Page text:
Completed in 2001, the inn is a 213 room luxury hotel that sits on the Estate’s 8,000 acres. The inn features everything you’d expect in a hotel of its type, such as an onsite masseuse, bar, library, and four star restaurant, which we had the pleasure of dining in for most of our stay. The food and service were absolutely exceptional throughout the inn.
The Biltmore Estate offers so much to do that you can barely squeeze it all in without spending several days there. Of course, the main attraction is the actual house, which was built by George Vanderbilt as a mountain getaway. His little mountain home, begun in the late 1800’s was completed in 1895, and boasts 250 rooms, including 35 bedrooms and 45 bathrooms. It is the largest private home in America and is opened for tours daily.
Our visit included a tour of the Biltmore house and it as an absolute must-see. It is so hard to imagine that a single man of 25 could orchestrate the building of such a place. It was such a large undertaking that a railroad spur was built specifically to bring in the rocks used to build the house. Several years after its completion, Vanderbilt was married and had a daughter. The three of them lived there as their primary home.
The house is like nothing you’ve ever seen. The basement alone is an engineering wonder of its day. Back when most Americans did not even have electricity yet, Vanderbilt not only had it, but he had underwater lights in his indoor swimming pool, a fully operation laundry room, a walk-in refrigerator, and even a gym and bowling alley! The rest of the home also featured central heating, a servant paging system, fire alarms, and two elevators!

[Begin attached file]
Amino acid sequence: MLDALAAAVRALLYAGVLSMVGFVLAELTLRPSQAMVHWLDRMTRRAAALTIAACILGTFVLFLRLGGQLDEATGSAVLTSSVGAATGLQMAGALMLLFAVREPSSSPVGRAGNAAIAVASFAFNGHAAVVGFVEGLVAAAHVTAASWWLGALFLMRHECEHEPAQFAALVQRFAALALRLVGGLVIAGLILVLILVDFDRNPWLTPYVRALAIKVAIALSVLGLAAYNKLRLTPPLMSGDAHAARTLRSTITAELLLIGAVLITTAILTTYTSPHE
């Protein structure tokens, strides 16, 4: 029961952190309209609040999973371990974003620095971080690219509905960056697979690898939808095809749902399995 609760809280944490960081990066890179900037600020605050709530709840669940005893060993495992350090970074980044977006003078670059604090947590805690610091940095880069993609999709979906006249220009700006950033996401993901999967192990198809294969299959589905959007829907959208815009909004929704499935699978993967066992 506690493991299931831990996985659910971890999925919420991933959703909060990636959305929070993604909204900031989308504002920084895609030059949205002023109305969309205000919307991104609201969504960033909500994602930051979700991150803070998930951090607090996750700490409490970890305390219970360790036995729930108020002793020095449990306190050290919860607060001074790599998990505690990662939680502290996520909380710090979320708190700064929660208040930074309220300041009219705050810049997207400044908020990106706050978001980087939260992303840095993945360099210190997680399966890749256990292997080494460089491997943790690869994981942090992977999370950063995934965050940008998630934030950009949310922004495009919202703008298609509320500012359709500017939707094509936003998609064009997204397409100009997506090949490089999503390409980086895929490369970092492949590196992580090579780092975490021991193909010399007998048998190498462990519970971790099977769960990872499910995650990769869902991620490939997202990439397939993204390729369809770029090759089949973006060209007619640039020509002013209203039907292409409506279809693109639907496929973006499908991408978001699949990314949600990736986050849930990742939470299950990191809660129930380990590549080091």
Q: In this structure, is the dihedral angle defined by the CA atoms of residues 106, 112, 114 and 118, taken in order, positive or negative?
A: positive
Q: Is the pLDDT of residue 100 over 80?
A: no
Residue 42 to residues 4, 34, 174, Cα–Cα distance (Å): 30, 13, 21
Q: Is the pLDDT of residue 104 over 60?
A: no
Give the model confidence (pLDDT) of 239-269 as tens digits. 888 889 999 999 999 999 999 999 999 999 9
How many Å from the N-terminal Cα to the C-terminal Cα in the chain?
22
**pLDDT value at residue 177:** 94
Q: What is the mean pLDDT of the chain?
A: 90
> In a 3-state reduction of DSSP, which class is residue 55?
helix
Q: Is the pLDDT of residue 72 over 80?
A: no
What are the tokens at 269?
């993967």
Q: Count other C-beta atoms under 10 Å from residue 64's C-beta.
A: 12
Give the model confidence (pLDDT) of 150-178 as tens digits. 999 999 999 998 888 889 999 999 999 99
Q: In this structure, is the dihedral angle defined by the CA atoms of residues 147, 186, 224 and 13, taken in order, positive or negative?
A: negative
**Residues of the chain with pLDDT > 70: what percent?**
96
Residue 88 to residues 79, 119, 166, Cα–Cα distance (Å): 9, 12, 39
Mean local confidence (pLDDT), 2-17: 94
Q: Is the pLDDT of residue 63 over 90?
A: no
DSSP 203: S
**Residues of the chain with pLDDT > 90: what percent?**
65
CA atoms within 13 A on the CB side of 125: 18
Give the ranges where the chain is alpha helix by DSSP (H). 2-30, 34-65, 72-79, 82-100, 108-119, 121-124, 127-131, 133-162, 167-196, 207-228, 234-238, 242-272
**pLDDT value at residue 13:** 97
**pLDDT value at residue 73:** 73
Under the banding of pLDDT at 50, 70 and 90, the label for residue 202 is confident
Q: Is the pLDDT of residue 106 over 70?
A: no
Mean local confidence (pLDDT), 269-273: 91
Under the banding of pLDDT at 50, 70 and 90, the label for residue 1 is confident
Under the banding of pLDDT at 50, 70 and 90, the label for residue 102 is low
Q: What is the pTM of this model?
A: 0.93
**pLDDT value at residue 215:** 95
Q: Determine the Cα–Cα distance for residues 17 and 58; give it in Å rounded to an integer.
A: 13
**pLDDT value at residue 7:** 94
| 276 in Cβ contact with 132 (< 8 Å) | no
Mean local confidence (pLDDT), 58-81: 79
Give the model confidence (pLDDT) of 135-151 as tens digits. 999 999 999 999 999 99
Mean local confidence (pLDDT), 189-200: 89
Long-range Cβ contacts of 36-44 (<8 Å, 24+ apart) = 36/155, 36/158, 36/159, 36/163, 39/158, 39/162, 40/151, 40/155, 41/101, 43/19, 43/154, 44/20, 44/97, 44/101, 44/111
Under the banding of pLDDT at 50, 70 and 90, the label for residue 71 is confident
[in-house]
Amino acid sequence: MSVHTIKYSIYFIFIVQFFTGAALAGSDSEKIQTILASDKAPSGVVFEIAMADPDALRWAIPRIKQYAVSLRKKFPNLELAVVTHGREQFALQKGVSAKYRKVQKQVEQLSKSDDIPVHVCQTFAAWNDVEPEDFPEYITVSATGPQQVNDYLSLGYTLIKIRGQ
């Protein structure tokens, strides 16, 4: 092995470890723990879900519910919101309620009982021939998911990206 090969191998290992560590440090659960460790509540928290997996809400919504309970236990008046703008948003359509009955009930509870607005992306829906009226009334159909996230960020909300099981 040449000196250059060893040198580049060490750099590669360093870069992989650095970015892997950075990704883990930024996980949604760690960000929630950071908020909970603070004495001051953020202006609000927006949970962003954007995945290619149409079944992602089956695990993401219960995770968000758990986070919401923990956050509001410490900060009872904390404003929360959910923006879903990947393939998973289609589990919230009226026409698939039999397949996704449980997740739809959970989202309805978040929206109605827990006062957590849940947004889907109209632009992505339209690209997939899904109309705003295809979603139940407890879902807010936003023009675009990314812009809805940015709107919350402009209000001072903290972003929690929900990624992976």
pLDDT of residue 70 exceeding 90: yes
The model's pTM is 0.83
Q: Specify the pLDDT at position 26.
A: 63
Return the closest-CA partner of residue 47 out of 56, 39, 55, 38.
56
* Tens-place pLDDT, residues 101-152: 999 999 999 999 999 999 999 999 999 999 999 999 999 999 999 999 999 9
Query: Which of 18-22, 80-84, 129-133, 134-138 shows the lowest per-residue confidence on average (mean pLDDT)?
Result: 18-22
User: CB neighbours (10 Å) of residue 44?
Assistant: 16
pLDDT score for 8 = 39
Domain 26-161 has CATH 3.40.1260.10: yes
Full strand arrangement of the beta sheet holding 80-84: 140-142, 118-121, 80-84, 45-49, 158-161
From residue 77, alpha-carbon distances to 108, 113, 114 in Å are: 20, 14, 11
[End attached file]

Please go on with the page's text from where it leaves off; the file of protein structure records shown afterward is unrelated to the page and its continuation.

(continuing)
The Biltmore house is so rich in history that one must pay a visit and take the audio tour to really appreciate it. Inside the home you’ll find beautiful antiques, art collections, and historic pieces such as Napoleon’s chess table.
Outside the house, the wonders continue. Originally comprised of 125,000 acres (you read that right), the Biltmore Estate was landscaped by Fredrick Law Olmsted, who is known as the father of landscape architecture in America. Olmstead was best-known for his work designing New York’s Central Park.
Just a short walk (relatively speaking) from the house you’ll find a beautiful walled Italian-style garden. Another short walk or drive takes you to a four-acre garden where you’ll find 50,000 tulips and iris in bloom each spring.
The grounds of the estate also feature other attractions, such as a working farm, outdoor activities such as biking and horseback riding and a vineyard, which produces 120,000 cases of French varietal wines annually.
All this is great right? But we went to the Biltmore to go four-wheeling – Land Rover style.
Land Rover opened its newest driving school at the Biltmore Estate in June of 2004. Previously, schools were located in West Virginia and Vermont. Schools also exist at the Fairmont Le Ch âteau Montebello, near Montreal, Canada and in Carmel, California at the Quail Lodge.
Vanderbilt had a love for the land during his lifetime. During his life he completely reforested his 125,000 acres, which were bare when he built his home. After his death, his wife sold off the majority of the land to the Government, with the stipulation that it be used as protected public land. That land became the Pisgah National Forest.
Land Rover was one of the earliest members of Tread Lightly! and as such has a similar love for the land. This made the Biltmore Estate a perfect match for the driving school. Working in cooperation with the estate, the driving school has trails throughout the property.
“The Land Rover Driving School is a wonderful fit for us at Biltmore Estate,” said CEO and President William A. V. Cecil, Jr., Vanderbilt’s great-grandson. “In the early 1900s, my great-grandfather offered his guests every opportunity to experience the beauty of the mountains he chose to be his primary home. Whether walking, biking, horseback riding or eventually driving early motor cars, he and his guests spent a great deal of time outdoors. We’re delighted to be able to offer our modern guests and experience that I think Mr. Vanderbilt would have greatly enjoyed himself.”
Unlike some other driving schools, the Land Rover Experience is not only opened to Land Rover owners, but is open to anyone who wants to attend. The school offers everything from a one hour long intro to off-road driving ($195 per vehicle) to full-day adventures ($750 per vehicle up to three drivers). We attended for a full-day.